Elias Canetti’s Crowds and Powers is a book that you must read if you’re interested in crowd psychology. Here is a sample of what you get:
“There is nothing that man fears more than the touch of the unknown.
Man always tends to avoid physical contact with anything strange. In the dark, the fear of an unknown touch can amount to panic.
All the distances which men create around themselves are dictated by this fear. They shut themselves in houses which no one may enter, and only there feel some measure of security.
It is only in a crowd that man can become free of this fear of being touched. That is the only situation into which the fear changes into the opposite.”
In my opinion the book is somewhat uneven, passages of great power and insight alternating with observations that are a little artificial…. even, at times, contrived.
But that’s an idiosyncratic response, since this is the book which won him the Nobel Prize in 1981. And the book’s style of argument is so suggestive that it makes up for that occasional weakness.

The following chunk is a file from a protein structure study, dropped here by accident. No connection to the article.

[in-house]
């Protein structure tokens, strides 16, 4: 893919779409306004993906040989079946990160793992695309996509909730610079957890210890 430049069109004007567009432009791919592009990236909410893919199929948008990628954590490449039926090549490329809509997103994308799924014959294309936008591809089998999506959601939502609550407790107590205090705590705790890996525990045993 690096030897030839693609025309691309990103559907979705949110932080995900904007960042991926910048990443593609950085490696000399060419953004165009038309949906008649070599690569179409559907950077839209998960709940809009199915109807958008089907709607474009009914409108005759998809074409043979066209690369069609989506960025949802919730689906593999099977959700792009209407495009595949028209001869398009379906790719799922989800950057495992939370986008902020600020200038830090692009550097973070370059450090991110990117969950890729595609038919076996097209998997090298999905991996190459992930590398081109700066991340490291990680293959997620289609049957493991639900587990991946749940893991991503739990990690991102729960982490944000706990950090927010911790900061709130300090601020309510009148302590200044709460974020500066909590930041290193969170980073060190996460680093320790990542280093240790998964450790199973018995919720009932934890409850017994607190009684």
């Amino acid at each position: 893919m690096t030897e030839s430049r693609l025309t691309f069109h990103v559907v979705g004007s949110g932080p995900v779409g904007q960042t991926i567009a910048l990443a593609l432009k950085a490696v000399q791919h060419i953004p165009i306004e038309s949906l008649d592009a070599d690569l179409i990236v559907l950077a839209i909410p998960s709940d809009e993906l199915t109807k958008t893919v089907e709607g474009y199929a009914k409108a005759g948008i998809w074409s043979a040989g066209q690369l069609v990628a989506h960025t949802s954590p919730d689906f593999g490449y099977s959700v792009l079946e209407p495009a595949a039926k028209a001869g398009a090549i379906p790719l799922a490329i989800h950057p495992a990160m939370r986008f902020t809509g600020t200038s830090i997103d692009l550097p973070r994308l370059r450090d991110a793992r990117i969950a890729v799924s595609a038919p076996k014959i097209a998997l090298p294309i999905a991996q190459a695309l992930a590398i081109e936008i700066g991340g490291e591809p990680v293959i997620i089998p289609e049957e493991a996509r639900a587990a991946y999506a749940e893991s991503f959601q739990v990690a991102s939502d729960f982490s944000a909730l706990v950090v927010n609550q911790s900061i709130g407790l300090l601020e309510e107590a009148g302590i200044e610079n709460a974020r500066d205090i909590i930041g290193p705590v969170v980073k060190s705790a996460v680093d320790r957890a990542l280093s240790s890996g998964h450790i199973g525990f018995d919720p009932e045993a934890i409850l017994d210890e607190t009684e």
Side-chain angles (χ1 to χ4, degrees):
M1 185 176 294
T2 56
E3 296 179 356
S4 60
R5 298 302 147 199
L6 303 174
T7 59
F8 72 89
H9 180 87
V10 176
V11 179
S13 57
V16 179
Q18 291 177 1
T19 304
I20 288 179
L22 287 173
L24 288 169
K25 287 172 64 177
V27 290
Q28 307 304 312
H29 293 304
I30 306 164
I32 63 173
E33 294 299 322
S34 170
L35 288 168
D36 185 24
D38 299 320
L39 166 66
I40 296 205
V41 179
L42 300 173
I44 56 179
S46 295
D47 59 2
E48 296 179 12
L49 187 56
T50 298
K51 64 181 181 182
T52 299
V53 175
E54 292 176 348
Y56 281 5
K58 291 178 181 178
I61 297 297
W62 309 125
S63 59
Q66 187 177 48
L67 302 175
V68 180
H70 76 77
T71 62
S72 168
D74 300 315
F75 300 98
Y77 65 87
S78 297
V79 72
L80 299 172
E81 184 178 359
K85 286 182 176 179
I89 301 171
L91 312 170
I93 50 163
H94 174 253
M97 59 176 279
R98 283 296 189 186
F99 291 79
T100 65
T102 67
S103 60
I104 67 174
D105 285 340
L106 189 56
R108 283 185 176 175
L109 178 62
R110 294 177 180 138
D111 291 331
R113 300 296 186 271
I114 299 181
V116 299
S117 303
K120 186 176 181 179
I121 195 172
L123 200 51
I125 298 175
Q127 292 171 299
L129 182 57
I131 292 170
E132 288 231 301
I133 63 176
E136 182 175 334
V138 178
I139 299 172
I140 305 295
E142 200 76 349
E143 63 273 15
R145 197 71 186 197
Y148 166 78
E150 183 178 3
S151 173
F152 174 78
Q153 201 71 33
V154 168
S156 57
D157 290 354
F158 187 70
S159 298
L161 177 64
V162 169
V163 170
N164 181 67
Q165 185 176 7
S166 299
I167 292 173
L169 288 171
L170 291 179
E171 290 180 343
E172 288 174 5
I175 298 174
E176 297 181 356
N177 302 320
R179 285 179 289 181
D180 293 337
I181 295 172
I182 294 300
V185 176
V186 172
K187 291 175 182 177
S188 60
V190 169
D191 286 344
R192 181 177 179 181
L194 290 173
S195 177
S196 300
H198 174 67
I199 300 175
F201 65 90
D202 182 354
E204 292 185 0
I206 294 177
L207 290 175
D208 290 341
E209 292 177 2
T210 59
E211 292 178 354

For the sustained complexity and richness that comes with a great work of literature, read his magnum opus, Auto da Fe — one of my favorite books. But really, the comparison of the two isn’t fair, or even viable, because this is a work of sociology, while Auto da Fe – with all its philosophical depth — is a novel.
And, despite all my quibbles, Crowds and Powers is filled with immensely fertile observations.
Worth a slow, meditative read.